Harry Tattersall Smith
The ill-fated teenage boyband North South once sang, “I’m a man not a boy”, and as a child I took that as my call to arms. But the North South revolution failed, and so did mine. People realised they were rubbish and my parents realised I was 8, and thus biologically not a man, and wisely ignored my tantrums in which I demanded to be allowed to move in with Scott down the road because, well, it was a free country and also because he had a Play Station and Sky TV, and ate dinner on the sofa.
I had forgotten all about those days until this month of Movember when the feeling has been depressingly dragged back to my attention. I may have the physique of a gangly 19 year-old, but in facial fuzz years I’m still very much the little boy who thought a crudely assembled reality TV pop group were the driving force behind a radical campaign for social justice.
This past month has seen the facial grooming glitterati take centre stage. Our very own Glasgow has become a moustachioed metropolis. I have attempted to masquerade as a fellow “moustache-kateer” for the sake of charity, yet have come to feel like a fraud, and am now seeking exile in a facial-hair-free world.
My patchy offerings seem like an ill-conceived disguise and one which I am scared, if kept, will continue to give moustaches the world over a bad name. It has been a month in which a love-hate relationship has swung back and forth, a month in which I have come to view the moustache no longer as a disturbing oddity but rather as a beautifully and painstakingly cultivated work of facial art.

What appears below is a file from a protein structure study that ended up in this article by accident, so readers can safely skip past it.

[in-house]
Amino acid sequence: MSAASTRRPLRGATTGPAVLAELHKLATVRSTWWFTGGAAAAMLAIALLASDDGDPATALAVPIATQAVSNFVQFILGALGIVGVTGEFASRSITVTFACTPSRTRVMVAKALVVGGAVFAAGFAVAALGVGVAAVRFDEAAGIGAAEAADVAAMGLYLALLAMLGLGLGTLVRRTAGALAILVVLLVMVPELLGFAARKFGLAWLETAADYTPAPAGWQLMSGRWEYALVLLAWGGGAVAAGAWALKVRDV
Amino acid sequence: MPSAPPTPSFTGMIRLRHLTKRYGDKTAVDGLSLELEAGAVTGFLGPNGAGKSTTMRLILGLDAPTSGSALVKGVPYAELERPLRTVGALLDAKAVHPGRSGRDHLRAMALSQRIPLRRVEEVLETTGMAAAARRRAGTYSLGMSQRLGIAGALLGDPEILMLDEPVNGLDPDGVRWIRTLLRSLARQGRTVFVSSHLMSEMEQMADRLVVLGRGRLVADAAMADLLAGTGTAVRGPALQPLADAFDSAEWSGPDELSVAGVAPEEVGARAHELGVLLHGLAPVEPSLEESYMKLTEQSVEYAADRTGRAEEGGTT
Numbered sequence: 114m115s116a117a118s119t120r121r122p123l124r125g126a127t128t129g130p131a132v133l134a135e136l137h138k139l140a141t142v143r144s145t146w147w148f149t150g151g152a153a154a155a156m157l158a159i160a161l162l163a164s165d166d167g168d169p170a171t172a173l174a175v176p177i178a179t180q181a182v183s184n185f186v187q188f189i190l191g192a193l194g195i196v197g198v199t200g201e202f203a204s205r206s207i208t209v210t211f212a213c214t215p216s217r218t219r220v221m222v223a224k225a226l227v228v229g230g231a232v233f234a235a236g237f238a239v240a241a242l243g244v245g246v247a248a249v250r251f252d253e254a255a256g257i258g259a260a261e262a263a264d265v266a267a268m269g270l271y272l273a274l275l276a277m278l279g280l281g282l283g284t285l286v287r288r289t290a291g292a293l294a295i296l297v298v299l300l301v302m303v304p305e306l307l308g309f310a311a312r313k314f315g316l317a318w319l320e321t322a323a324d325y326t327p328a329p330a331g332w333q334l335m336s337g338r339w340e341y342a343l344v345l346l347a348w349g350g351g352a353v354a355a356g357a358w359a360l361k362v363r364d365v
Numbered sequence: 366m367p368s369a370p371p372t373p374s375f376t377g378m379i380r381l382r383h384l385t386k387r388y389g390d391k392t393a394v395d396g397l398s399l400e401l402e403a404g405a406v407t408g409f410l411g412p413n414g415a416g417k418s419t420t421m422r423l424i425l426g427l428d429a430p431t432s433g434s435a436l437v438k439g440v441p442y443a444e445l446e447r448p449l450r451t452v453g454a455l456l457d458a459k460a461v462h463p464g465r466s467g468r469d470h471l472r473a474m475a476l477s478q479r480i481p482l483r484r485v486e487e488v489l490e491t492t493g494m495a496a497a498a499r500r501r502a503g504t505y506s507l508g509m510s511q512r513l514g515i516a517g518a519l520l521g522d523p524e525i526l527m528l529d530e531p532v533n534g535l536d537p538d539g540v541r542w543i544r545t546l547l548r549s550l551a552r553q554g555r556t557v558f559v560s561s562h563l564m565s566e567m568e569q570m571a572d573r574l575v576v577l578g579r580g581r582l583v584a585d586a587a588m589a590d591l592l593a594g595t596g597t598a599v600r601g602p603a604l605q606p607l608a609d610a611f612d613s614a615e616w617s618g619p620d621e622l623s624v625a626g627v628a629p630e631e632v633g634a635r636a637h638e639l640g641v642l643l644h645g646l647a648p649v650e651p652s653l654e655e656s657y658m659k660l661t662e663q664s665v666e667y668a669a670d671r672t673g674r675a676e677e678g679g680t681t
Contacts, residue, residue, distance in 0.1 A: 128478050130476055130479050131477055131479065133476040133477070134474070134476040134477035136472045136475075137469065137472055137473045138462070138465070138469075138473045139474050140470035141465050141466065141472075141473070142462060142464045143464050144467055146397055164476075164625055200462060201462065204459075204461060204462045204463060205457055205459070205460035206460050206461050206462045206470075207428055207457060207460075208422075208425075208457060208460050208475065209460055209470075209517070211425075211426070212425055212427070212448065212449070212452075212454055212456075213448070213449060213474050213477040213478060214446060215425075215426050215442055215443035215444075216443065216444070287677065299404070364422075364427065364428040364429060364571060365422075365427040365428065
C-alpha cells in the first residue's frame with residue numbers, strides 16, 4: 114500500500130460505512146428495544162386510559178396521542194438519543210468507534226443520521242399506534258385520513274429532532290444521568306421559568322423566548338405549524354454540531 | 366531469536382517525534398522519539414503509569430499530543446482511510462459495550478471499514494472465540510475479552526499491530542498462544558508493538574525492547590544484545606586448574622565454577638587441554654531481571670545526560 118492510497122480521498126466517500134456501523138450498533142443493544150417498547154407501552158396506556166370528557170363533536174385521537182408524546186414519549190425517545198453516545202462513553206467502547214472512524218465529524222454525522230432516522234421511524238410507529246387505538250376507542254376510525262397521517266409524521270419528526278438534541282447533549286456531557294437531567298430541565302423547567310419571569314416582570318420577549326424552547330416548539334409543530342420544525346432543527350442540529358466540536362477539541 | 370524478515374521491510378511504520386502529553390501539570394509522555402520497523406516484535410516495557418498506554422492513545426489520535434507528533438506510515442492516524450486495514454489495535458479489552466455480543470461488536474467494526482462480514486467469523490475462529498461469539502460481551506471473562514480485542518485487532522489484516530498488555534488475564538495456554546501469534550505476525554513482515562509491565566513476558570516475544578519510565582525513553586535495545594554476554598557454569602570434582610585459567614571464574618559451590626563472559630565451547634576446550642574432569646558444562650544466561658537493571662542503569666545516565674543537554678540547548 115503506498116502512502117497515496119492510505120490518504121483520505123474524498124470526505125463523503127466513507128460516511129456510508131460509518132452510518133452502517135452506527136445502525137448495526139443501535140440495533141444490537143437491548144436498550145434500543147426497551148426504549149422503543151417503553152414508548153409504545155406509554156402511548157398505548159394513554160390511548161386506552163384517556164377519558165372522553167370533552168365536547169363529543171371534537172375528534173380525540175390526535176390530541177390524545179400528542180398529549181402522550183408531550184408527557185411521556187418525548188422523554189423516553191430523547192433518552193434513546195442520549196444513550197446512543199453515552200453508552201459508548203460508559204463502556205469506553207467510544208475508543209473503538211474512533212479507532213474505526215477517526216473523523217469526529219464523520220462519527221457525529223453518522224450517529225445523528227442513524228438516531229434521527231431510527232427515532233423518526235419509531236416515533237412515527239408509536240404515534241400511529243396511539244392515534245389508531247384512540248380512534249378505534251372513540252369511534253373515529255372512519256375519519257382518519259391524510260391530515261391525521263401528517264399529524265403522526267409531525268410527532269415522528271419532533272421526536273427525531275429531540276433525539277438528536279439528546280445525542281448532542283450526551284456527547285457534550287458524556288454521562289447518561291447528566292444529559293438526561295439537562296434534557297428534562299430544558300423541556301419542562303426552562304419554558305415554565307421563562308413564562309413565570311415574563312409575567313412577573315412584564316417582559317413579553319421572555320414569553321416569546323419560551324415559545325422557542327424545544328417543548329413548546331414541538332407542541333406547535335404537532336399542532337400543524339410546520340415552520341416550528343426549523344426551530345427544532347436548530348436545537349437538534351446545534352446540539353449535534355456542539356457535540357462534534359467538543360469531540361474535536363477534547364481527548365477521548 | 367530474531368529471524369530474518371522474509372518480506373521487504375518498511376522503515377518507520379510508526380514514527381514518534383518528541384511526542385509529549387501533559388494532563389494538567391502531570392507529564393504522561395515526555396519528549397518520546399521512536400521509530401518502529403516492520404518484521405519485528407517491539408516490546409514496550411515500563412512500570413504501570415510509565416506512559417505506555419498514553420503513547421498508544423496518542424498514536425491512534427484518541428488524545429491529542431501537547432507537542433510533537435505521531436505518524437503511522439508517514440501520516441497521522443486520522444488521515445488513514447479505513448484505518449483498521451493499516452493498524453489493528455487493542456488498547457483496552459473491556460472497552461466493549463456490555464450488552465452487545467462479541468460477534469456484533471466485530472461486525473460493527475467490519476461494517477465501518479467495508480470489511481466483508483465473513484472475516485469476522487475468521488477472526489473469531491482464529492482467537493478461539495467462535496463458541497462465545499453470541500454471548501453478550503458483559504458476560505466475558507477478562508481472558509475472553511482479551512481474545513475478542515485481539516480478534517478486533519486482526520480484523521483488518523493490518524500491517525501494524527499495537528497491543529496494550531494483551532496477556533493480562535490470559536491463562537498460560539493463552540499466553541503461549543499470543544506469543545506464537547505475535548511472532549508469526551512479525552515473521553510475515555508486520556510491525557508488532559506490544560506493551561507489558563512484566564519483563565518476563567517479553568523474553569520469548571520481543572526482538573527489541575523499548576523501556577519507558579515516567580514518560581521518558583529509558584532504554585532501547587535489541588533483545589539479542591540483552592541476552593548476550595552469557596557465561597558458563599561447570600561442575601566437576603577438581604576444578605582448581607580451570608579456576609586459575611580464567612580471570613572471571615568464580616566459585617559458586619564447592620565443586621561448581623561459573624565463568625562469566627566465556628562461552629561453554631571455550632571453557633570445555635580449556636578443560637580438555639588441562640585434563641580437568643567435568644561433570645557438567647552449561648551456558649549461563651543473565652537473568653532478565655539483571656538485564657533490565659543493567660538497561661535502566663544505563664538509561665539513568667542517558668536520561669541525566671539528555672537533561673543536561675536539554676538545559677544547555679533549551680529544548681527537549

Usually I would take being compared to a dictator as an affront, yet a month spent trying to cultivate a moustache has changed me. For the first time in my life, having people draw comparisons between me and totalitarian tyrants has filled me with an enormous sense of pride. “What? You can actually tell that I’m attempting to grow a moustache? Yes, I am aware that I currently look like a pre-pubescent Adolf Hitler, but the fact you noticed unprompted and without forcing me into doing my ridiculous and degrading pouting charade fills me with a long-lost sense of masculinity.”
However, these precious moments have been few and far between. Any time I’ve started feeling even remotely confident about the mass of barely visible hairs assembled together over my top and categorised loosely — for want of a better word — as a moustache, I’ve had to suffer the gut-wrenching experience of encountering one of those infuriating gorilla-esque men who you can tell were born with a 5 o’clock shadow, and have to take time out of their lunch break to shave. It leaves me feeling like the clingy kid at school who’s desperate to be included, complete with braces, thick glasses, a lisp and a perennial sniffle, desperately clamouring to the group of cooler and older boys up ahead — “Guuuys … Wait up for me!”
As a foolish young man, I had always assumed the ‘tache was the path to academic enlightenment — or at least the appearance of it — yet if anything, I’m now experiencing a deranged descent into a sort of manic moustache madness. I’ve come to view my moustache as a safety blanket, as a source of comfort. I occasionally catch myself licking it and am shocked. I catch other people catching me licking it and I am disgraced. It’s a slow and steady decline. December 1 cannot come round soon enough for the sake of my sanity. That said, it will feel like I’m losing a friend. Sure, a creepy, weird-looking one — but a friend nonetheless.